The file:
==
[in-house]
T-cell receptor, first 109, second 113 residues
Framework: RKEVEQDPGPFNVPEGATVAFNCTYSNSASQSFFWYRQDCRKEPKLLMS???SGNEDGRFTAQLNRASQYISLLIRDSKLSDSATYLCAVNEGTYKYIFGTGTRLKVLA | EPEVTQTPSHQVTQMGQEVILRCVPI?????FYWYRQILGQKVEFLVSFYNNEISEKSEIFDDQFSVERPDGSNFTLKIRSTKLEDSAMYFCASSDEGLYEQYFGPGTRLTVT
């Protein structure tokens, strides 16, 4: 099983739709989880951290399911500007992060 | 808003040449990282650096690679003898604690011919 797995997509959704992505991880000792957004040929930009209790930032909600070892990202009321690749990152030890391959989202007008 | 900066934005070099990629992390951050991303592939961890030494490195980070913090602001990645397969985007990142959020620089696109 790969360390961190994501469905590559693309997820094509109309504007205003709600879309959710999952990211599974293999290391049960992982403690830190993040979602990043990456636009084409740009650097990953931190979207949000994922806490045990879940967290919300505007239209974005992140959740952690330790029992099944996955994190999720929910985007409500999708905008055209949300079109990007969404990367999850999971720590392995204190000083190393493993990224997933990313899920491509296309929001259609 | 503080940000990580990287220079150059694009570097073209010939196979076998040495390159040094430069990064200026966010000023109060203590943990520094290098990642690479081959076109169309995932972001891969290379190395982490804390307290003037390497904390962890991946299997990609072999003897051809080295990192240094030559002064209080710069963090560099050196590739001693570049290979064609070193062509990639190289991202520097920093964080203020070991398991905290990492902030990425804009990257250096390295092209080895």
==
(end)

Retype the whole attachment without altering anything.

[in-house]
T-cell receptor, first 109, second 113 residues
Framework: RKEVEQDPGPFNVPEGATVAFNCTYSNSASQSFFWYRQDCRKEPKLLMS???SGNEDGRFTAQLNRASQYISLLIRDSKLSDSATYLCAVNEGTYKYIFGTGTRLKVLA | EPEVTQTPSHQVTQMGQEVILRCVPI?????FYWYRQILGQKVEFLVSFYNNEISEKSEIFDDQFSVERPDGSNFTLKIRSTKLEDSAMYFCASSDEGLYEQYFGPGTRLTVT
């Protein structure tokens, strides 16, 4: 099983739709989880951290399911500007992060 | 808003040449990282650096690679003898604690011919 797995997509959704992505991880000792957004040929930009209790930032909600070892990202009321690749990152030890391959989202007008 | 900066934005070099990629992390951050991303592939961890030494490195980070913090602001990645397969985007990142959020620089696109 790969360390961190994501469905590559693309997820094509109309504007205003709600879309959710999952990211599974293999290391049960992982403690830190993040979602990043990456636009084409740009650097990953931190979207949000994922806490045990879940967290919300505007239209974005992140959740952690330790029992099944996955994190999720929910985007409500999708905008055209949300079109990007969404990367999850999971720590392995204190000083190393493993990224997933990313899920491509296309929001259609 | 503080940000990580990287220079150059694009570097073209010939196979076998040495390159040094430069990064200026966010000023109060203590943990520094290098990642690479081959076109169309995932972001891969290379190395982490804390307290003037390497904390962890991946299997990609072999003897051809080295990192240094030559002064209080710069963090560099050196590739001693570049290979064609070193062509990639190289991202520097920093964080203020070991398991905290990492902030990425804009990257250096390295092209080895």